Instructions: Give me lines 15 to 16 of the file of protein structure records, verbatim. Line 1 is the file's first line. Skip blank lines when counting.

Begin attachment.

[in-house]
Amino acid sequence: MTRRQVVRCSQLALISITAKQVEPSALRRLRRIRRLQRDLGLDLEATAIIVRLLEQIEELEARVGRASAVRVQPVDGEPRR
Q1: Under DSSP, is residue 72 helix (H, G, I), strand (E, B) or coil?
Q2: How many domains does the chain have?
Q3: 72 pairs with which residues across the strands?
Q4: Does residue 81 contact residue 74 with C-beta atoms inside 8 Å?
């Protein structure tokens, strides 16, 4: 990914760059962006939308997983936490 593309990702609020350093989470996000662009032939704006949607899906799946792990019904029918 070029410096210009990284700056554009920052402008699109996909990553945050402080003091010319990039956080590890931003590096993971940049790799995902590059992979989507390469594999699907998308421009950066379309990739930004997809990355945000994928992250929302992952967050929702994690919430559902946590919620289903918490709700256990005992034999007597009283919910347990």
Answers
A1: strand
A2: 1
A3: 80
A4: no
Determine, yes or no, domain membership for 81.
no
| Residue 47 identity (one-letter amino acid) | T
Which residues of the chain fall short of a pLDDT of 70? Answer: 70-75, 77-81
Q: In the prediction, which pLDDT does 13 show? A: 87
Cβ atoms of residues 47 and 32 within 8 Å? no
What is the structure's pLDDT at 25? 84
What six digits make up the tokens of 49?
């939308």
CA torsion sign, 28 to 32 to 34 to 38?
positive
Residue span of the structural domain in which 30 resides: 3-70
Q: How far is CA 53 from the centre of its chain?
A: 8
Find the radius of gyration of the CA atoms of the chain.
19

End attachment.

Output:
| Residue 47 identity (one-letter amino acid) | T
Which residues of the chain fall short of a pLDDT of 70? Answer: 70-75, 77-81